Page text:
Northern Ireland is the smallest country in the United Kingdom. It makes up part of the UK along with England, Scotland and Wales, but is situated on an island in Western Europe called Ireland.
Northern Ireland takes up one-sixth of Ireland, while the rest of Ireland is an independent nation, the Republic of Ireland.
Despite its small geographical size, Northern Ireland is a country of culture, producing famous writers like Seamus Heaney and C.S. Lewis as well as noted actors like Liam Neeson, James Nesbitt and Kenneth Branagh.
Top 10 facts
1. Northern Ireland is part of the United Kingdom, but it makes its own laws. The Parliament buildings of the Northern Irish government, in Belfast, are called Stormont.
2. After Scotland, Northern Ireland is the second most sparsely populated country in the UK.
3. In 1921 the island of Ireland was divided into two parts. Northern Ireland remained part of the United Kingdom and the rest became known as the Republic of Ireland.
4. Although English is the most popular language in Northern Ireland, Chinese is the most widely spoken minority language!
5. Northern Ireland is divided into six counties: Antrim, Armagh, Derry (Londonderry), Tyrone, Fermanagh, and Down.
6. Lough Neagh is a huge lake in Northern Ireland – in fact it's the biggest lake in the British Isles and every county except Fermanagh touches the shores of the lake!
7. The Giant's Causeway is a famous rocky area of the coast in County Antrim. It's made up of thousands of hexagonal blocks of rock, formed by ancient volcanic eruptions.
8. Belfast is the capital city of Northern Ireland. The land that Belfast occupies has been occupied since the Bronze Age!
9. The population of Northern Ireland is about 1.8 million.
10. Northern Ireland is sometimes referred to as Ulster. Ulster is an Irish province made up of nine counties, six of which are part of Northern Ireland.
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Did you know?
With an average of 157 wet days a year, it rains less in Belfast than it does in Scotland, but the capital of Northern Ireland is still wetter than Dublin, the Irish capital!
The world-famous ship the Titanic was built and launched from Belfast Harbour. At the time it launched, it was the largest man-made moving object on Earth! The Titanic was built by the Belfast shipyard Harland & Wolff in 1911. The RMS Titanic sadly sank after hitting an iceberg on April 15 1912, on her very first voyage.
Although Northern Ireland is sometimes called Ulster, the old Ulster actually included areas that are now part of the Republic of Ireland.
Northern Ireland is clearly home to the young! Almost 46% of the total population of Northern Ireland are under 30 years old.
As in the rest of Ireland, there are no snakes or toads in the country!
At its closest point, Northern Ireland is only 13 miles across the sea from the Scottish coast. Apparently, on a clear day you can stand in Antrim, look across the water and see houses in Scotland!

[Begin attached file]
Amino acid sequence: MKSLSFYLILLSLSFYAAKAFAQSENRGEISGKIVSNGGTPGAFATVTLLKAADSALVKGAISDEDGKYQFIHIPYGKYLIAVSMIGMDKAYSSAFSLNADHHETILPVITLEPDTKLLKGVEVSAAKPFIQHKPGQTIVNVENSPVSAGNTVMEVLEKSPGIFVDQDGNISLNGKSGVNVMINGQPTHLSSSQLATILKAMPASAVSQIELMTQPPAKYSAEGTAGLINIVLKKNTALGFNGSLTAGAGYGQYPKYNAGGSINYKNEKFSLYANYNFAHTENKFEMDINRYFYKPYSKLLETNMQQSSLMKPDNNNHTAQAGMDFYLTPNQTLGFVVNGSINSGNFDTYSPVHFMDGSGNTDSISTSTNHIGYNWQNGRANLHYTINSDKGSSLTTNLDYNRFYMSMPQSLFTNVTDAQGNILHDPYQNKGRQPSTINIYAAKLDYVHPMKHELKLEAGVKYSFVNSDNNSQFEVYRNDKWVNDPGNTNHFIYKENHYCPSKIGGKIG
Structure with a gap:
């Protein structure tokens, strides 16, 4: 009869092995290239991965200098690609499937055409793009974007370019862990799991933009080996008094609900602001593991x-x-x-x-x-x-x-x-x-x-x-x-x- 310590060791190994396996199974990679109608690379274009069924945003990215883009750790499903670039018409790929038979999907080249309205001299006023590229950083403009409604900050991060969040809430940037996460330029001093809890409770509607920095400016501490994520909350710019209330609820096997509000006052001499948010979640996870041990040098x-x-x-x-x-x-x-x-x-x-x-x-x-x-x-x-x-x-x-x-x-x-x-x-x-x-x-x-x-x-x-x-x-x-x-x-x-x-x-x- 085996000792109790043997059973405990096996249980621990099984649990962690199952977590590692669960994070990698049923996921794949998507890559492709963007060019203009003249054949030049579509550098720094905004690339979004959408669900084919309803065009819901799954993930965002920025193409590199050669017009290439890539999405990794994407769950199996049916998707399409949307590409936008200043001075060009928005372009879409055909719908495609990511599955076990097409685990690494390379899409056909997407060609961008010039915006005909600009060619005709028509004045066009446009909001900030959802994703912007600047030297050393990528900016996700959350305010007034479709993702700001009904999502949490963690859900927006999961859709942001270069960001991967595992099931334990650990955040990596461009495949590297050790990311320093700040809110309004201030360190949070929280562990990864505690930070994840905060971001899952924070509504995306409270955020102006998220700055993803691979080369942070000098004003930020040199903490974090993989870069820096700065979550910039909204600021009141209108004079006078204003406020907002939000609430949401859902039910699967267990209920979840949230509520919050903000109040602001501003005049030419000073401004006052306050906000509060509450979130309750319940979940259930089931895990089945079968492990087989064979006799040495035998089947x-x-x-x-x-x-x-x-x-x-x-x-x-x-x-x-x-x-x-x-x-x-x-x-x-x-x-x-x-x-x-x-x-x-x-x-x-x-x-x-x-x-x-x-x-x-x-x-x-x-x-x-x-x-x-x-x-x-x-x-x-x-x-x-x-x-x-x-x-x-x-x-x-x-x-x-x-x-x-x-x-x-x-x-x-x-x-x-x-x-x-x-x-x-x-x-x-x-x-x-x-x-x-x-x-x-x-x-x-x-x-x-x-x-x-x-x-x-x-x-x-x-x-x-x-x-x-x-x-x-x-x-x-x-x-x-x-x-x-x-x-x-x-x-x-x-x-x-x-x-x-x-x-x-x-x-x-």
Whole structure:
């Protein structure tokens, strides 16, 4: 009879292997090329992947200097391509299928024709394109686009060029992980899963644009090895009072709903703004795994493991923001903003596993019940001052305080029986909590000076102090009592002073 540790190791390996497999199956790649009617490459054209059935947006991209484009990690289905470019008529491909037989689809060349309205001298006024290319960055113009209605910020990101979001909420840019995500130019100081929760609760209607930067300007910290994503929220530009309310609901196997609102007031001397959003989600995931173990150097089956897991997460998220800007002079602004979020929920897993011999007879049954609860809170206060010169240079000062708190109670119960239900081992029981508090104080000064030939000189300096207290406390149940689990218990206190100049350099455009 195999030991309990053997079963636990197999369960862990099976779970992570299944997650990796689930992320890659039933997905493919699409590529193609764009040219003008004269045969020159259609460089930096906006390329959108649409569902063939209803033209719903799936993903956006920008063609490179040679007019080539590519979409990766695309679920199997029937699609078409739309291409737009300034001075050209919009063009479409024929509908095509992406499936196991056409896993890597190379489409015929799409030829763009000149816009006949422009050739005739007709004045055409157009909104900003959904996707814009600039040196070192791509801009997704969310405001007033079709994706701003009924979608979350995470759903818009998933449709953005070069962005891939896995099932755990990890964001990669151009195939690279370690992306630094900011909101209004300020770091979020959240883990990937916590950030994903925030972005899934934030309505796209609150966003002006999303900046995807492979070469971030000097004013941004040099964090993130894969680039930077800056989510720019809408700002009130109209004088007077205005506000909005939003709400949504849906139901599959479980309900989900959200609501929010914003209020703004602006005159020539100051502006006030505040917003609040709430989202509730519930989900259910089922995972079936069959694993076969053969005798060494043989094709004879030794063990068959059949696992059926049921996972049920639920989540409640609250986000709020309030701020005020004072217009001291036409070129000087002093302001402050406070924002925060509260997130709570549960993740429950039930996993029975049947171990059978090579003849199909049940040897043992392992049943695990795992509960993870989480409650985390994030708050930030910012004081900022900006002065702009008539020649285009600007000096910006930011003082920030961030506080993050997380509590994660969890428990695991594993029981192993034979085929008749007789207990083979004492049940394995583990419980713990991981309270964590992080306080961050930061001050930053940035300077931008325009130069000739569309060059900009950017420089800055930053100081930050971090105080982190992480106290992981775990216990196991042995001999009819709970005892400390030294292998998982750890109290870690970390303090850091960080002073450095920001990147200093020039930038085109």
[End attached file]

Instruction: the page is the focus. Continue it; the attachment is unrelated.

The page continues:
The Northern Ireland football team has qualified for three world cups, in 1958, 1982 and 1986, and George Best is considered one of the most famous players to come from the country. Other sports legends to come from Northern Ireland are snooker player Alex Higgins and Formula One racer Eddie Irvine.
Look through the gallery and see if you can spot the following:
- Strangford on the coast of Northern Ireland
- The ruin of Dunluce Castle in County Antrim
- The Giant's Causeway
- A wall mural in Belfast
- Belfast, the capital city of Northern Ireland
- Titanic Belfast Museum
- Dunseverick Bridge
- The Dark Hedges in Ballymoney
Northern Ireland is the smallest country in the United Kingdom. It makes up the United Kingdom, along with England, Scotland and Wales.
Northern Ireland is situated on an island in Western Europe called Ireland. In 1921 Ireland was divided into two parts. Northern Ireland remained part of the United Kingdom and the rest became known as the Republic of Ireland.
Northern Ireland's history is a little complicated! About 800 years ago, the Kings of England gained control of Ireland, but years later, the Irish managed to get rid of most of the English! But in the mid-1600s, the famous English military leader, Oliver Cromwell, took over all of Ireland. Since England was Protestant while Ireland was Catholic, there was a lot of hostility between both sides.
By the 19th century, many people living in Northern Ireland were Protestant and had English roots. And this is where problems arose as most people in Northern Ireland didn't want independence like the rest of Ireland did.
The people who wanted an independent Ireland became known as republicans or nationalists because they wanted Ireland to become a republic, a government where people come together to make laws. The people who didn't want independence for Ireland were referred to as unionists because they wanted to retain their union with the UK. The unionists lived mostly in Northern Ireland.